Cambridge Regional College


crc_logoCambridge Regional College is located in the north of the city, next to the Cambridge Science Park. It has approximately 3,000 full time learners and approximately 5,000 part time learners. The majority of study programmes on offer are vocational. The college serves a wide catchment area which includes both prosperous areas within the city and rural communities with poor public transport and declining industry.

The position of mathematics within the college

Teaching slots of three hours duration were found to be unsatisfactory. GCSE maths is now taught in two 90 minute lessons per week. More learning is taking place in the two shorter sessions and individual absences have less impact.

The college aims to make GCSE maths an integral part of the students’ timetable. Vocational courses are asked to request convenient teaching slots from the mathematics department and the department does its best to meet as many of these requests as it can.

The mathematics department

The college has a discrete maths team of 14 teachers, seven of whom teach GCSE. They have a variety of personal educational backgrounds and are led by a Sector Leader who is a maths graduate. Until recently, maths teachers were based in vocational areas around the college to facilitate contact with vocational staff. Since 2012 they have been located in one staff room which they prefer, as it makes mutual support and sharing of effective practice much easier.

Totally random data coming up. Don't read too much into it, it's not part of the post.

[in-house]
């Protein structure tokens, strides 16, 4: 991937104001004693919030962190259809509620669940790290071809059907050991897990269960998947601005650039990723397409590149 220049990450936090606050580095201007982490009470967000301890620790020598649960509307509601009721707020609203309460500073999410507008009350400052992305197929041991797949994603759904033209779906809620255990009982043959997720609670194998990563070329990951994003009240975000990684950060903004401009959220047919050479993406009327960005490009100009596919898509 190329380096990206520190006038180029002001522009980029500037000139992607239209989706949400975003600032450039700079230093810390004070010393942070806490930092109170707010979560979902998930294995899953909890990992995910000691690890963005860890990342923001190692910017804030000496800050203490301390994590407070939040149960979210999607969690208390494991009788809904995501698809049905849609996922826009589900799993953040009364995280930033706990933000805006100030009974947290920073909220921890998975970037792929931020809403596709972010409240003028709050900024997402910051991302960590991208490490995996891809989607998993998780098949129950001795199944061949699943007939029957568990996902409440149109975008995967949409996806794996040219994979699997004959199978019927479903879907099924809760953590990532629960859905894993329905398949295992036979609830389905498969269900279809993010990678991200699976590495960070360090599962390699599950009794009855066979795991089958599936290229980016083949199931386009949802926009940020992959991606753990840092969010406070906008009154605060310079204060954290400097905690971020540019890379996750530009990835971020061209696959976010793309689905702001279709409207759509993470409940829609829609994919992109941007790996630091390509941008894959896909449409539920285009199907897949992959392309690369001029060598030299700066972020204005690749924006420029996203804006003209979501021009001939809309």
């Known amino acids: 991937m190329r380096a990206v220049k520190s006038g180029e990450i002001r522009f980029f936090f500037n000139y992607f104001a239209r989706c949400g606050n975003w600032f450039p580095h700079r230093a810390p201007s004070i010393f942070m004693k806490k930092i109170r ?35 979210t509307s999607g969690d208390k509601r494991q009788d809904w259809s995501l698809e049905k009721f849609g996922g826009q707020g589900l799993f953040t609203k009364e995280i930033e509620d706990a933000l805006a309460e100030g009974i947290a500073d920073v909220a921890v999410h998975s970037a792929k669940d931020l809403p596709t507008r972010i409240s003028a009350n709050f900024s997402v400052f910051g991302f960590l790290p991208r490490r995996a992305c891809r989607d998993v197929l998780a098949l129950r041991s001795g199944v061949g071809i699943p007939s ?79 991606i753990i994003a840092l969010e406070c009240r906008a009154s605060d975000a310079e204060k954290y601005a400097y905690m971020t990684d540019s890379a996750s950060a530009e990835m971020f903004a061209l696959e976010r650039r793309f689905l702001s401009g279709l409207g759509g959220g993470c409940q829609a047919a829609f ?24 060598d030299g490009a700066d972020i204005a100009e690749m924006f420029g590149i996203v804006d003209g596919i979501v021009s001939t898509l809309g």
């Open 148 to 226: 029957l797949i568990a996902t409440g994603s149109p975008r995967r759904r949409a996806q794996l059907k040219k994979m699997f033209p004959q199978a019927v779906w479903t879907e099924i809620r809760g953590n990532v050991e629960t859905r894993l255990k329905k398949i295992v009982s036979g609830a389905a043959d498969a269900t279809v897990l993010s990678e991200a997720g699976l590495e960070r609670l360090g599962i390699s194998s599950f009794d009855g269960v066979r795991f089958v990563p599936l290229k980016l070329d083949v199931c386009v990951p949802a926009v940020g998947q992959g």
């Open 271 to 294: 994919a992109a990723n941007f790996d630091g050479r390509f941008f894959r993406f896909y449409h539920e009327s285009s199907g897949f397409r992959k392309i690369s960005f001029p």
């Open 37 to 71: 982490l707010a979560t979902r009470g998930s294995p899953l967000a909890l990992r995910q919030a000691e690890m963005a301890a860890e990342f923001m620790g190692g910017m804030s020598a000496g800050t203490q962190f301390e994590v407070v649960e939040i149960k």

The students

The majority of the post-16 provision in Cambridge and the surrounding area is provided by two sixth form colleges and Cambridge Regional College. Nearly all the GCSE resit students arrive at college having studied the Foundation curriculum and with little desire to achieve in maths beyond a GCSE Grade C. Many lack interest and motivation, as they may have failed to achieve a GCSE grade C several times already.

The college approach

All students are screened on entry using a Functional Mathematics screening test which indicates whether they are currently working at Level 1 or Level 2. If students arrive at college with a Grade D in GCSE maths; this information is used to decide whether they are likely to succeed if they resit GCSE or whether they should study Functional Maths first.

All students undertaking a GCSE resit course are assumed to be entering for the November examination at Foundation level. Initial examination entries are made at the end of Week 4 of the academic year, finalised in Week 7 and the examination is taken just after half term in Week 8. In the academic year 2013-2014 there were 220 GCSE mathematics learners. 100 took the November 2013 re-sit examination and 39 achieved a Grade C. 181 sat the examination in June 2014 and 95 achieved a Grade C. This is a Grade C achievement rate for the year 2013-2104 of 61%. In the November 2014 examination 49 learners achieved a Grade C.

Students are well supported in their studies. They are given a textbook, a revision book and a revision workbook, paid for by the college. Classes are small, around 12-15 students, and tend to contain students from the same vocational area although not necessarily the same course. This makes for easier communication between pastoral vocational tutors and the maths teacher.